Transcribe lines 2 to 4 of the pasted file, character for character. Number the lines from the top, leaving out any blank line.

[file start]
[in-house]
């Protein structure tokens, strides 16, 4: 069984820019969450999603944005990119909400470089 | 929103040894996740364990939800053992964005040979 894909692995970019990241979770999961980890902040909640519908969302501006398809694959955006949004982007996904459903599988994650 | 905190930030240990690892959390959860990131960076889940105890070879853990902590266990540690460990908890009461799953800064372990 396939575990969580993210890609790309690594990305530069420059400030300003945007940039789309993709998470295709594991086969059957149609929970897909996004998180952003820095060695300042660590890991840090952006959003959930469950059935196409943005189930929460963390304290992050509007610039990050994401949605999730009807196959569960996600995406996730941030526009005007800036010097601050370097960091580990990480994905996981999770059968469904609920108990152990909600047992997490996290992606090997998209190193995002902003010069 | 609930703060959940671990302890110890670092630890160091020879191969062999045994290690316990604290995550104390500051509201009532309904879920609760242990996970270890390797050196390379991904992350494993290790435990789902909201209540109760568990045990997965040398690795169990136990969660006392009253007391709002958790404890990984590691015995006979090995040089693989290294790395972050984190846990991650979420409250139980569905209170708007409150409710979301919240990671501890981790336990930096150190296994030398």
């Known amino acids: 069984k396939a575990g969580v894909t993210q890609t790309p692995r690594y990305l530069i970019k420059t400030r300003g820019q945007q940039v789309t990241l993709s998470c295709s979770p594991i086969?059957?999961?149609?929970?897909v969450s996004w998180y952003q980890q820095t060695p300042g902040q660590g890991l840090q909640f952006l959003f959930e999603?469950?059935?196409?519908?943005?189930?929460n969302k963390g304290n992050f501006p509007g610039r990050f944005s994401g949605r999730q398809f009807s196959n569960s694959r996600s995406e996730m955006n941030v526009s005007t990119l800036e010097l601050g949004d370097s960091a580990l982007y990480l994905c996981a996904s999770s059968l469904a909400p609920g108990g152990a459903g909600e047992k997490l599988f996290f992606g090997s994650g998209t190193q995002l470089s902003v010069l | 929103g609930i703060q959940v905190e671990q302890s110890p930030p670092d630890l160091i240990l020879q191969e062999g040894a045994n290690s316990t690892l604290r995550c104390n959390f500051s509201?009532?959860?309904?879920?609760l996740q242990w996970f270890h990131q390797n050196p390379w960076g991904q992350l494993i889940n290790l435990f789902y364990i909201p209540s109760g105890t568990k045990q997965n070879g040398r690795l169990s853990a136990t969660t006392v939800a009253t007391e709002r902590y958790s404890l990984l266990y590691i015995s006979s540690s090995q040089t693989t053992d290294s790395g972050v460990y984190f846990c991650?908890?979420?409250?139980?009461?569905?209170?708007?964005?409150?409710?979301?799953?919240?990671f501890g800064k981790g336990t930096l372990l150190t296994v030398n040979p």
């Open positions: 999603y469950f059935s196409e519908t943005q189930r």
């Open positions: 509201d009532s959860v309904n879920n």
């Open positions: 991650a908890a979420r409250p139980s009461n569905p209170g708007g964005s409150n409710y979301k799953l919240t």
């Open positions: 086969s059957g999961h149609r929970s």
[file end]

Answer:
């Protein structure tokens, strides 16, 4: 069984820019969450999603944005990119909400470089 | 929103040894996740364990939800053992964005040979 894909692995970019990241979770999961980890902040909640519908969302501006398809694959955006949004982007996904459903599988994650 | 905190930030240990690892959390959860990131960076889940105890070879853990902590266990540690460990908890009461799953800064372990 396939575990969580993210890609790309690594990305530069420059400030300003945007940039789309993709998470295709594991086969059957149609929970897909996004998180952003820095060695300042660590890991840090952006959003959930469950059935196409943005189930929460963390304290992050509007610039990050994401949605999730009807196959569960996600995406996730941030526009005007800036010097601050370097960091580990990480994905996981999770059968469904609920108990152990909600047992997490996290992606090997998209190193995002902003010069 | 609930703060959940671990302890110890670092630890160091020879191969062999045994290690316990604290995550104390500051509201009532309904879920609760242990996970270890390797050196390379991904992350494993290790435990789902909201209540109760568990045990997965040398690795169990136990969660006392009253007391709002958790404890990984590691015995006979090995040089693989290294790395972050984190846990991650979420409250139980569905209170708007409150409710979301919240990671501890981790336990930096150190296994030398």
């Known amino acids: 069984k396939a575990g969580v894909t993210q890609t790309p692995r690594y990305l530069i970019k420059t400030r300003g820019q945007q940039v789309t990241l993709s998470c295709s979770p594991i086969?059957?999961?149609?929970?897909v969450s996004w998180y952003q980890q820095t060695p300042g902040q660590g890991l840090q909640f952006l959003f959930e999603?469950?059935?196409?519908?943005?189930?929460n969302k963390g304290n992050f501006p509007g610039r990050f944005s994401g949605r999730q398809f009807s196959n569960s694959r996600s995406e996730m955006n941030v526009s005007t990119l800036e010097l601050g949004d370097s960091a580990l982007y990480l994905c996981a996904s999770s059968l469904a909400p609920g108990g152990a459903g909600e047992k997490l599988f996290f992606g090997s994650g998209t190193q995002l470089s902003v010069l | 929103g609930i703060q959940v905190e671990q302890s110890p930030p670092d630890l160091i240990l020879q191969e062999g040894a045994n290690s316990t690892l604290r995550c104390n959390f500051s509201?009532?959860?309904?879920?609760l996740q242990w996970f270890h990131q390797n050196p390379w960076g991904q992350l494993i889940n290790l435990f789902y364990i909201p209540s109760g105890t568990k045990q997965n070879g040398r690795l169990s853990a136990t969660t006392v939800a009253t007391e709002r902590y958790s404890l990984l266990y590691i015995s006979s540690s090995q040089t693989t053992d290294s790395g972050v460990y984190f846990c991650?908890?979420?409250?139980?009461?569905?209170?708007?964005?409150?409710?979301?799953?919240?990671f501890g800064k981790g336990t930096l372990l150190t296994v030398n040979p």
């Open positions: 999603y469950f059935s196409e519908t943005q189930r």